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HealthMost PopularMum Tells Of Horror After Three-Year-Old Daughter Almost Swallowed Battery Found Inside Chocolate Bunny

Mum Tells Of Horror After Three-Year-Old Daughter Almost Swallowed Battery Found Inside Chocolate Bunny

A shocked mum today told of her horror when her three-year-old daughter almost swallowed a battery – which was inside a Co-op chocolate BUNNY.

Thousands of the £1 sweet treats have now been recalled and a police investigation launched after mum Tammy-Louise Dundon reported the incident.

Tammy-Louise, 26, bought the bunny for her daughter Sophia Wood from her local Co-op store in Arnold Road, Nottingham on Saturday (28/1).

But she was horrified when Sophie bit the chocolate ears off and discovered a single-cell battery “rattling around” inside the hollow figure.

Single-cell batteries contain chemicals that can burn through the delicate lining of a child’s throat or stomach and are potentially fatal if swallowed.

The supermarket chain has now withdrawn the item and brought in the National Crime Agency, saying it is a “criminal matter”.

The recall comes after Co-op was forced to withdraw chocolate Santa figures before Christmas following two similar incidents, which police say could be linked.

(L- R) Tammy Dundon, 26 and her daughter Sophia Wood, 3, pictured at home in Bulwell.

(L- R) Tammy Dundon, 26 and her daughter Sophia Wood, 3, pictured at home in Bulwell.

Tammy-Louise, a care assistant, from Nottingham, said: “My daughter unwrapped the rabbit, bit the ears off and shouted ‘what’s this?’

“I was only a few feet away and came over and saw she had a button battery in her hand.

“At first I thought, how has she got that? I thought we don’t have any of those batteries. Then she said she’d found it rattling around inside the bunny.

“I was just like ‘oh my God’. How much damage do these batteries do?

“I’ve heard kids have died from eating them. They can get stuck in the oesophagus or can be corrosive.

“She got some Smarties rabbits before Christmas that have little Smarties inside – she thought the battery was a sweetie.

“Luckily she’s quite a clever girl, and I hope that she wouldn’t have actually eaten it, but if I wasn’t there it doesn’t bear thinking about.

“This isn’t just a choking hazard, it’s corrosive – she could have lost her life.”

The battery had no branding and only the letters AG3 were etched on it.

The chocolate bunny and the battery.

The chocolate bunny and the battery.

Tammy-Louise contacted the store where she bought the bunny and posted pictures of it and the battery on the Co-op Food Facebook page.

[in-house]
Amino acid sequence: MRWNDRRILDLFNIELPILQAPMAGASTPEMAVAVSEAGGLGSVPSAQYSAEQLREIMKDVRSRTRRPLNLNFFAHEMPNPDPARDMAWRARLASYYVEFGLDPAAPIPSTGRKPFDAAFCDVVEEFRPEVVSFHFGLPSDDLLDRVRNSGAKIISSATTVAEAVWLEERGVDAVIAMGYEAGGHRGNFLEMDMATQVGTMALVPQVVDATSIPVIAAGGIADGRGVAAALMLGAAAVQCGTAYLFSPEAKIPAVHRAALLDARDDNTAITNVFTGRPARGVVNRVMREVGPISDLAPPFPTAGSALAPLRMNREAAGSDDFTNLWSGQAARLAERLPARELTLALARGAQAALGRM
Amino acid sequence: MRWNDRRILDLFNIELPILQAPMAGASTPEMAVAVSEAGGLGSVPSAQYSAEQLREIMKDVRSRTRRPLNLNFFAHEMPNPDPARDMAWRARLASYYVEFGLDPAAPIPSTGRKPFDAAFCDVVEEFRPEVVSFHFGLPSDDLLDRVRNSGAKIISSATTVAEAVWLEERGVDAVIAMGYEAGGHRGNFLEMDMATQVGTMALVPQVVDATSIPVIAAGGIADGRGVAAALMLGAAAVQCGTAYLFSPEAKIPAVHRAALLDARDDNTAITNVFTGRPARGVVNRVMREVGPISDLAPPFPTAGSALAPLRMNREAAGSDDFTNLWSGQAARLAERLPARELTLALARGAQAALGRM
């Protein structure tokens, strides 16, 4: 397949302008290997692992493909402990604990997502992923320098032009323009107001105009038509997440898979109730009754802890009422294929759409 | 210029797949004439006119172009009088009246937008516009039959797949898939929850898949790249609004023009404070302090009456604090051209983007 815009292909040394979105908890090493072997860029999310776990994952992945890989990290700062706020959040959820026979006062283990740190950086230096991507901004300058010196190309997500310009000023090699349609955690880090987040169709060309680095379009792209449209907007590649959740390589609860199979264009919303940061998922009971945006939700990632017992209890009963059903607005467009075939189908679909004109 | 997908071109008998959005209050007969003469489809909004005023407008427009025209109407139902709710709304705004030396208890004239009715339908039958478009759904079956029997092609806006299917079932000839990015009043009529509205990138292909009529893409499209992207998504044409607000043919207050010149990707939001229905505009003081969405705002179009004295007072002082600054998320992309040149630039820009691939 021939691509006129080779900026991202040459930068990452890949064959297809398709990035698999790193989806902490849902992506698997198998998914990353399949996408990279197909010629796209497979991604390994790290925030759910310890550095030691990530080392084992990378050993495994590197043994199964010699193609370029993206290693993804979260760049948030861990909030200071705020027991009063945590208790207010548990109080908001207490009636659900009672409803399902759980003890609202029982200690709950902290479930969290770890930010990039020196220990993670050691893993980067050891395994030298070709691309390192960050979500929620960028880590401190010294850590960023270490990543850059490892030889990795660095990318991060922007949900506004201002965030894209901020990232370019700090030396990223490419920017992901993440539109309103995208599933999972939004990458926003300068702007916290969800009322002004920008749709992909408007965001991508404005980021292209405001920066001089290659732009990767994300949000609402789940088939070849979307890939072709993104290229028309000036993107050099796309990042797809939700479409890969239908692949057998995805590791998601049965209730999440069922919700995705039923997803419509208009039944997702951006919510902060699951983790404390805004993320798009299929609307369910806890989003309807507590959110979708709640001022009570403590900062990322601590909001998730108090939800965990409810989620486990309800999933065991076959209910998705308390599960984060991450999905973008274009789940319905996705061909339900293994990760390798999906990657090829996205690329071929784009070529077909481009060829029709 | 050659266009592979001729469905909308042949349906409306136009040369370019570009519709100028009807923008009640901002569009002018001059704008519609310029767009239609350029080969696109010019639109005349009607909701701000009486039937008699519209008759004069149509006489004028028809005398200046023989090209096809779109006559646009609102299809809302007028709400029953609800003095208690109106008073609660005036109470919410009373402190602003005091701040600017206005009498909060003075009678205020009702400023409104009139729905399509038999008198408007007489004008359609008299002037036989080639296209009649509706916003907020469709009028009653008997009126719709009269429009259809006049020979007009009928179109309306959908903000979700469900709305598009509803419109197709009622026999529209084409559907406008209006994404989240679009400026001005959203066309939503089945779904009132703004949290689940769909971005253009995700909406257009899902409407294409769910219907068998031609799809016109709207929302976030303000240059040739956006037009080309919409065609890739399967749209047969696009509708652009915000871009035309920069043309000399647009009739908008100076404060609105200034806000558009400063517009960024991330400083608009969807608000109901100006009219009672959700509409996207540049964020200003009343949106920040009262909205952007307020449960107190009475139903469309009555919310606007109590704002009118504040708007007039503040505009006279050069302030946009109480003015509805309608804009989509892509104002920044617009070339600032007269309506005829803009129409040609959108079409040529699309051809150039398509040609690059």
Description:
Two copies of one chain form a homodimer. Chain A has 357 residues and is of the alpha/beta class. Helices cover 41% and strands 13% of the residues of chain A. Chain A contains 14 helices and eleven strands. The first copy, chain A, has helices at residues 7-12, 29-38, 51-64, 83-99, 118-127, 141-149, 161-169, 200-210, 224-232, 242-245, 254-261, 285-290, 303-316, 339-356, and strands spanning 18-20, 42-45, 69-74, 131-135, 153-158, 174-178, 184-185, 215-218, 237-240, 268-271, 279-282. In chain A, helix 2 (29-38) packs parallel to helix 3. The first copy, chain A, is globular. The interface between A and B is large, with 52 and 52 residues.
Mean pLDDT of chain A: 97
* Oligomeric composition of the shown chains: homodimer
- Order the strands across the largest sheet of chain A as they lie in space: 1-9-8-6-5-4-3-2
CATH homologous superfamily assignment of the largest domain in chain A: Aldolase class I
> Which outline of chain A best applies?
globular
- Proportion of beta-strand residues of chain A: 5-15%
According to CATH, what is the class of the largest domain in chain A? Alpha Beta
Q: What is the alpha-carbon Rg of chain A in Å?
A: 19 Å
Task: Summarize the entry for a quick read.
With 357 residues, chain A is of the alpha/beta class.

Despite being assured the treats would be taken off the shelves immediately, the mum discovered they were still being sold on Monday (30/1).

She added: “I popped into one of the stores a couple of days later and found they were still selling the rabbits.

“I couldn’t believe it. I went to the manager and they said they’d received a round robin call from Co-op that it was a hoax and no-one had actually found a battery inside.

“I met the area manager later, and finally they took me seriously and agreed to remove the bunnies.”

Co-op has now issued a total recall of the German-manufactured sweets from their 2,800 stores, after just over 3,000 of the £1 items have already been sold nationwide.

The National Crime Agency and police forces are investigating, and The Food Standards Agency has been notified and is assisting.

Tammy-Louise, a single mum, added: “At first no-one took me seriously. The police refused to investigate and Co-op didn’t pay much attention.

“I’m glad it’s sorted now, but I can’t believe how much work it took.

“This has happened to them before with the Santa toys. It makes me sick to think someone is targeting children.

“It’s so sad if someone wants to harm children.”

A spokesperson for Co-op said: “The health and safety of our customers is uppermost in our minds.

“We are concerned about one incident of alleged product tampering involving our hollow milk chocolate Easter bunny foil figure, which has been found to contain a small battery inside.

“This follows an incident at Christmas when two similar products were targeted and contaminated.

“As a precaution, we have begun a UK-wide product recall and have withdrawn the product from sale.

“Customers with one of these products should not eat it but take the product back to store for a full refund.”

Anyone who is concerned should call Co-op’s customer services on Freephone 0800 0686 727.



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